Living with dachshunds in the Rocky Mountains gives us a few challenges and things to be aware of on their behalf. While we have four seasons the weather trends have blurred the lines a little. Here are some things you can do to provide some TLC and help your furry legged friends through the seasons.
In Salt Lake City, Utah, where the Rocky Mountain Dachshund Rescue was founded, we sometimes have more than neighborhood cats; we’ve had mountain lions, raccoons, birds of prey like eagles, hawks that make it down into the neighborhoods near the mountains.
Dog Days of Summer
- Common sense: don’t ever leave a dachshund or any dog in the car
- With our high temps dachshunds shouldn’t be kept outdoors, they aren’t outdoor dogs
- Try walking them on grass instead of pavement as the temperature of the grass is lower. Walking on the sidewalk? Consider going before or well after the heat of the day
- Splash pads (if they aren’t big chewers)
- Consider walking them with a harness. (When they pull against it, a leash on their collar can collapse their trachea)
- Outdoor water bowls
- Fireworks often stress out and scare dogs. Keeping them inside can help keep them from bolting. Some neighborhoods near the mountains ban the use of fireworks due to brush fires that have been started from on and near the mountains.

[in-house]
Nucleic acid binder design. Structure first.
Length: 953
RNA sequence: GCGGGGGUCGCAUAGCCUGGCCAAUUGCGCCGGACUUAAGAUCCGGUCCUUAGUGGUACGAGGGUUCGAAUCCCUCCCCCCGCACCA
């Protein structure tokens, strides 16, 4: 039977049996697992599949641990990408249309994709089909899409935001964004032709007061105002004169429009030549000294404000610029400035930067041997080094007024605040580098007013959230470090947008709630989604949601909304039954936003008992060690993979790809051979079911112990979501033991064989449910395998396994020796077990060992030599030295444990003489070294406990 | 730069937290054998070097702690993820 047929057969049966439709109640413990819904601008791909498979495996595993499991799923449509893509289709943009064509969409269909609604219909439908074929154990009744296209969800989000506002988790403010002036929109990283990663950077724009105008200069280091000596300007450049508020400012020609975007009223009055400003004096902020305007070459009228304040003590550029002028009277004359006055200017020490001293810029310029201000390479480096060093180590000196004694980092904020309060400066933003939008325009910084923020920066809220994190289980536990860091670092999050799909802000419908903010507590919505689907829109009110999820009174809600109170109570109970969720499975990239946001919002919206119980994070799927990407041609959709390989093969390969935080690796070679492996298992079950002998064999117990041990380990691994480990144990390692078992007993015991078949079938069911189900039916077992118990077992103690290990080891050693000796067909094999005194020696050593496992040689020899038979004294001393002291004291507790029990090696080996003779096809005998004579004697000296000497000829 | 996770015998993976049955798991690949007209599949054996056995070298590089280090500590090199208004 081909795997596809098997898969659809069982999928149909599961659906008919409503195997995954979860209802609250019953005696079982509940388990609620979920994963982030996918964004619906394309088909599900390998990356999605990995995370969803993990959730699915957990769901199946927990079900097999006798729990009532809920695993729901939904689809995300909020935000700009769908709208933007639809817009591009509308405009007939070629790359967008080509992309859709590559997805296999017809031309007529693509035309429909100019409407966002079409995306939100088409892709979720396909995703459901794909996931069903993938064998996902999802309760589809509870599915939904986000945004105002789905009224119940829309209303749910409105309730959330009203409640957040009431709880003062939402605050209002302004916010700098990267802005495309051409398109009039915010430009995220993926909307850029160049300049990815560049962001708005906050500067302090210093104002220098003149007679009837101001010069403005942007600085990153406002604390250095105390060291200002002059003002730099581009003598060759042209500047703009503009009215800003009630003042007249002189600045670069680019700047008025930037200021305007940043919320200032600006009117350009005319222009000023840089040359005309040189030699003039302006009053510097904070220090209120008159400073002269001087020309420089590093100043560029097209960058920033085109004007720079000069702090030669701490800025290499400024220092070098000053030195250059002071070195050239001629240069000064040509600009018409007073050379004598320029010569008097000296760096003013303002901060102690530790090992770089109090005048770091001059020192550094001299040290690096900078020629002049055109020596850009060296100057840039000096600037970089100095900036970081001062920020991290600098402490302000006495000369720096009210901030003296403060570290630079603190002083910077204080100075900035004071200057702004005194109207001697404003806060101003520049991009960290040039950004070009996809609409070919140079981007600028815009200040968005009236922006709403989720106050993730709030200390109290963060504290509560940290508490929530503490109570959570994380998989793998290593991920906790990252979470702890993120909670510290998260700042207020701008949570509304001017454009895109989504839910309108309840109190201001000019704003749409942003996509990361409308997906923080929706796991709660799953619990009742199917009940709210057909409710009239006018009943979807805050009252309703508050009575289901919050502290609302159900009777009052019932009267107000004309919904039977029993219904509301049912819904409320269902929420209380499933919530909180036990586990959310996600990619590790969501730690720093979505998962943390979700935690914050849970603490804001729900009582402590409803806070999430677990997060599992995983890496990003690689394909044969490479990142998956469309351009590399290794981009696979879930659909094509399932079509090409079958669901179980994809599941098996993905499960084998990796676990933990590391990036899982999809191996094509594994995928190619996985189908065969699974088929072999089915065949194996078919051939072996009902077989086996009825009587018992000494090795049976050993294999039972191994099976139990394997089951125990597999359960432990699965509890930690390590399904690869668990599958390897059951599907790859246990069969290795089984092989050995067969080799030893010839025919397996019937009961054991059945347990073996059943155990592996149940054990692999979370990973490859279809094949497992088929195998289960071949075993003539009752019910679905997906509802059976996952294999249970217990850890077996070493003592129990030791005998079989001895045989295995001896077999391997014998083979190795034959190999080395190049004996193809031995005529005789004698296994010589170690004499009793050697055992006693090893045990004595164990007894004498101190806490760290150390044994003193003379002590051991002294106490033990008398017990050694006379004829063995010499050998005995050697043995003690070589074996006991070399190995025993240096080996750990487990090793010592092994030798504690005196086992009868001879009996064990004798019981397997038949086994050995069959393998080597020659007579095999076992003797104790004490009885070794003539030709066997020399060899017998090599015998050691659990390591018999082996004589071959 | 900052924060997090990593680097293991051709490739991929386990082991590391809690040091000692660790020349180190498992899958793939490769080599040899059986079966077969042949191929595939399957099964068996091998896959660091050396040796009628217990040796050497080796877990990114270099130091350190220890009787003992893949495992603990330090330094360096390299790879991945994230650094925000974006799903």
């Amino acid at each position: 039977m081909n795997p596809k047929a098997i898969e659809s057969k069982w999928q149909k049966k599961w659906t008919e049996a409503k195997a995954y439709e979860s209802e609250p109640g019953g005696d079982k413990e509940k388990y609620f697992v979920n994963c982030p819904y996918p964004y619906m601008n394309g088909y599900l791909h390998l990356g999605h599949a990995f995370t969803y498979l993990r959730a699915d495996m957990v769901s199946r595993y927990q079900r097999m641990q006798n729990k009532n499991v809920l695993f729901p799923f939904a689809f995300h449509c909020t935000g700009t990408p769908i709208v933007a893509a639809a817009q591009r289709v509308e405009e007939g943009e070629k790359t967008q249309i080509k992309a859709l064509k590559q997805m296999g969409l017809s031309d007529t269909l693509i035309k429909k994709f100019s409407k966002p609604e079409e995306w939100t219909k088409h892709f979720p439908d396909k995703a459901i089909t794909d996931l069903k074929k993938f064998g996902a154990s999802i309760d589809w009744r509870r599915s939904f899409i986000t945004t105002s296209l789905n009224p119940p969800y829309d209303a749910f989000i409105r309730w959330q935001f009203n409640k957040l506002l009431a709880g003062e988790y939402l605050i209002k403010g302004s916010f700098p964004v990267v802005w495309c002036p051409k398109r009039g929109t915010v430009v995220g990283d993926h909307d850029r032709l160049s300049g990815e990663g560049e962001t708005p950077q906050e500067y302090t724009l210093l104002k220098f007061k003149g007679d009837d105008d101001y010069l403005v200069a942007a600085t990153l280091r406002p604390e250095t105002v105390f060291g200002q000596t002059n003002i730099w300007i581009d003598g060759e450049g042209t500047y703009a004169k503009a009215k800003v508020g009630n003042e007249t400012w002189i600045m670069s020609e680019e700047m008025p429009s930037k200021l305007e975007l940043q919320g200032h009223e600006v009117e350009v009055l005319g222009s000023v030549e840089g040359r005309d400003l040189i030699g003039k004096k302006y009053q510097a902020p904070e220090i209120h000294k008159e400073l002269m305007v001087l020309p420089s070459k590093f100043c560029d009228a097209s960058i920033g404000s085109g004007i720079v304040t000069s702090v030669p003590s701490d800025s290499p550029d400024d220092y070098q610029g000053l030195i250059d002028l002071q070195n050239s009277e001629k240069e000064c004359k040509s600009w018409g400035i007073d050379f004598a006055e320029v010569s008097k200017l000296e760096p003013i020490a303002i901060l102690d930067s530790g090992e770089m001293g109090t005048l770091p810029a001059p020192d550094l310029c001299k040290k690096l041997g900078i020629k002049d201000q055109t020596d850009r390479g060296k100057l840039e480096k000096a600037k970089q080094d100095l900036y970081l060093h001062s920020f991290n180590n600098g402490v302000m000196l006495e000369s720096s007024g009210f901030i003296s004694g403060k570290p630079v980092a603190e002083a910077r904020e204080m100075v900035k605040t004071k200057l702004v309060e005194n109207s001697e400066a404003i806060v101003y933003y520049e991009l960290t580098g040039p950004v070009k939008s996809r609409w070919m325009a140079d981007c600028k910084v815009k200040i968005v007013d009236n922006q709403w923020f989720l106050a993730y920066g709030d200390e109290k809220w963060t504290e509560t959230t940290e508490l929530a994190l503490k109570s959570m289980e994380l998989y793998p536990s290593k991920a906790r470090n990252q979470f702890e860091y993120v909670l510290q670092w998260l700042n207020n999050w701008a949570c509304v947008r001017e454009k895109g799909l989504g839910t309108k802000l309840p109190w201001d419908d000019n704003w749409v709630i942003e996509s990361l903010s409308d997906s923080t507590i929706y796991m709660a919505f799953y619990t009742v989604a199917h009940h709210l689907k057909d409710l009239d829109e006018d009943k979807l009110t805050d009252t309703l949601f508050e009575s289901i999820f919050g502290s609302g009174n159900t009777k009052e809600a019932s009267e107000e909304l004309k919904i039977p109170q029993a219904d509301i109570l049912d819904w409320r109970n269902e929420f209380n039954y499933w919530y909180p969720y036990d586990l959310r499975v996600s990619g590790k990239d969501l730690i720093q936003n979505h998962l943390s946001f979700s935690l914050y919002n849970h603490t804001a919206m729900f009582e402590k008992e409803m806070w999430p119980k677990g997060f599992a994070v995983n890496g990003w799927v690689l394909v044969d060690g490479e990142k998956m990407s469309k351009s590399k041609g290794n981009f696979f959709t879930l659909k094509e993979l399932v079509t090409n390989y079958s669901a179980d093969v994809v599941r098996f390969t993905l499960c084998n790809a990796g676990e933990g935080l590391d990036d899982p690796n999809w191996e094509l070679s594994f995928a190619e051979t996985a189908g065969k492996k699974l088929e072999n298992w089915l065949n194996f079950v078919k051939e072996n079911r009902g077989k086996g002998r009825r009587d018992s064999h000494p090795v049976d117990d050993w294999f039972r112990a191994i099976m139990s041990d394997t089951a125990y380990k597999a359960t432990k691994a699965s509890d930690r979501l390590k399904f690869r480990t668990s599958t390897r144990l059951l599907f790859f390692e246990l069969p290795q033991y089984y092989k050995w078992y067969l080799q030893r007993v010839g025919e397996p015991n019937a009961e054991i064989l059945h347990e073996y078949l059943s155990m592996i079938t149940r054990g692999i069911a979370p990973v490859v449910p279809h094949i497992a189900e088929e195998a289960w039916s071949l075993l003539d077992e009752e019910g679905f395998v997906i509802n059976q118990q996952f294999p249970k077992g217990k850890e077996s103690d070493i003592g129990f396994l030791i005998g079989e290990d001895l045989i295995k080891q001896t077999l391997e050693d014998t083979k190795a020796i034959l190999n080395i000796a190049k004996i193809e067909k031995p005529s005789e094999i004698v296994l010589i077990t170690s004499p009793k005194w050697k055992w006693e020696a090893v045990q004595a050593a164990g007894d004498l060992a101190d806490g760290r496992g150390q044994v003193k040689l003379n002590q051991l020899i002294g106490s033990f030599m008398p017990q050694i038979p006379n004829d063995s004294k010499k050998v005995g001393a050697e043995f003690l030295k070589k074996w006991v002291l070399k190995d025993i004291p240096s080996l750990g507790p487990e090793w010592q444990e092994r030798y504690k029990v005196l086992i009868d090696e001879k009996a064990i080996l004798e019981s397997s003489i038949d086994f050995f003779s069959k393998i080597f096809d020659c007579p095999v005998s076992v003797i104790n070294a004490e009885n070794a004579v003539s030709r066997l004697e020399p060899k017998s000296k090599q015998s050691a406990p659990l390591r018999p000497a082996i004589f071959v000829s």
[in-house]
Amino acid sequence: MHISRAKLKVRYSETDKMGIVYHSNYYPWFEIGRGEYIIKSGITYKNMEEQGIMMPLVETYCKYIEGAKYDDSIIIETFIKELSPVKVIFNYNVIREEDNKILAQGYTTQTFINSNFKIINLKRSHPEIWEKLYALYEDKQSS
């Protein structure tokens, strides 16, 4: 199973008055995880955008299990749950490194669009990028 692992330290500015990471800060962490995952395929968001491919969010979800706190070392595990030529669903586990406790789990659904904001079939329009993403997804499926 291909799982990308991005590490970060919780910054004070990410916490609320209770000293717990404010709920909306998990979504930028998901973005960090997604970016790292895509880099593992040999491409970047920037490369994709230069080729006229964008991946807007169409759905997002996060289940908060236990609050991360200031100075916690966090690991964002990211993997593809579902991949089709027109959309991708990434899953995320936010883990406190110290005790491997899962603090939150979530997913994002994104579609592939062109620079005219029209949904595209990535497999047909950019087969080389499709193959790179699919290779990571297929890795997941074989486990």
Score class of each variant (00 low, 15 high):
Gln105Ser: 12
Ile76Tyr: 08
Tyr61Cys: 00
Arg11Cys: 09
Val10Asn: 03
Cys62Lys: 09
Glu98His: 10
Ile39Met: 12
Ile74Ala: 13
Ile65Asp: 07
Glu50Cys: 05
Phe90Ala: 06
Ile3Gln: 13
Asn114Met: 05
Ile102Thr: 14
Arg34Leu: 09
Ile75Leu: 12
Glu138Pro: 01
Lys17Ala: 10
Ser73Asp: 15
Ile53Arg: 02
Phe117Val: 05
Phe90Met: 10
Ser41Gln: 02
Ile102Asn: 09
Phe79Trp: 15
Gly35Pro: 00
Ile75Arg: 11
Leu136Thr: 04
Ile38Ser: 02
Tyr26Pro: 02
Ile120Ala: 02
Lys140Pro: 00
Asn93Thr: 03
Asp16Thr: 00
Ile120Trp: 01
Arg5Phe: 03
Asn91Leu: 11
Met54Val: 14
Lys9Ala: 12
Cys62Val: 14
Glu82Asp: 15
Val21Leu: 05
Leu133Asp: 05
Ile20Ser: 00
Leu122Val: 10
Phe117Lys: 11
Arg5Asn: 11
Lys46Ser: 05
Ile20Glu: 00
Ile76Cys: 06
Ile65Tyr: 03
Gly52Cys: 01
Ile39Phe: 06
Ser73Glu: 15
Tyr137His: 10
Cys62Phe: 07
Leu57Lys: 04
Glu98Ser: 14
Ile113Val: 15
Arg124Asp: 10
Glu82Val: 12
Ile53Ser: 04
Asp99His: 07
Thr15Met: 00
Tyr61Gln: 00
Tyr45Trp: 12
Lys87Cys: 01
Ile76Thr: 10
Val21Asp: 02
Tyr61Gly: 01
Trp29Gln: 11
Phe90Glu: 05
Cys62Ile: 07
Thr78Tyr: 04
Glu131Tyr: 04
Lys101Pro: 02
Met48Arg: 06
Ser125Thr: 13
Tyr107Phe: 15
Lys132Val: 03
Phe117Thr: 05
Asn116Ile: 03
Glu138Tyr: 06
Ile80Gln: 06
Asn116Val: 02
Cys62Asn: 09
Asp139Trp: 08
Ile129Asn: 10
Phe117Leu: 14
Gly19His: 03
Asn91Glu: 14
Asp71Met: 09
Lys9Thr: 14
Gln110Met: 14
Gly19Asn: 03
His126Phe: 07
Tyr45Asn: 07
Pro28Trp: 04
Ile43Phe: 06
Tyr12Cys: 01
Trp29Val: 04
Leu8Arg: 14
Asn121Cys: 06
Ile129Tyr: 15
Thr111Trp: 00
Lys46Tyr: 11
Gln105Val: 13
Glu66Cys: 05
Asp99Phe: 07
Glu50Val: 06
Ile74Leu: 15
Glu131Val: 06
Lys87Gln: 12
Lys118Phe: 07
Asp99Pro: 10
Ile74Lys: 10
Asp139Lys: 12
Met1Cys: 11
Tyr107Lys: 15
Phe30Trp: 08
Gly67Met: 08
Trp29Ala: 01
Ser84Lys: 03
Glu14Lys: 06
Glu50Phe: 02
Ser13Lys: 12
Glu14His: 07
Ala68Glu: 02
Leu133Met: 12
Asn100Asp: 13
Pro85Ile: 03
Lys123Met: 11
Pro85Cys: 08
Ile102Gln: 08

- Shade cabanas have been a popular new trend for dogs
- Consider taking water with you on walks for them to have a drink
- Pup-sicles: thin broth-sicles with broken up treats frozen in them (to eat outside on the grass)
- Frozen kongs
- Cooling bed/cots pop up low from the ground to allow air to circulate underneath (put these in a shady area)
Winter Wonderland for Dachshunds
- With our low winter temps (10-35 degrees typically) dachshunds shouldn’t be kept outdoors, they aren’t outdoor dogs
- Warm blankets or a towel fresh out of the dryer is a great treat for our burrowing pups
- Going outside to go potty during rain or snow–consider going out with them to take a short walk with an umbrella or take them to an overhang or sheltered area
- If they refuse to go potty outside in rain or snow make sure you have potty training pads down by the door that they go in and out of. That said, they are very considerate about missing the pads and not messing them up.
- Short haired dachshunds might feel better with a sweater or coat on when going outside, keep a couple of these washed up and clean to rotate through
- Consider shoes for walks on the cold icy sidewalks
- Bake homemade dog cookies for you doxies
- Cycle their blankets and beds regularly and keep them washed and clean
- It is only fair that we shovel a path into their potty area so they can get in there. It’s especially ruff when the snow is taller than they are, or when their bare tummies have to go through the snow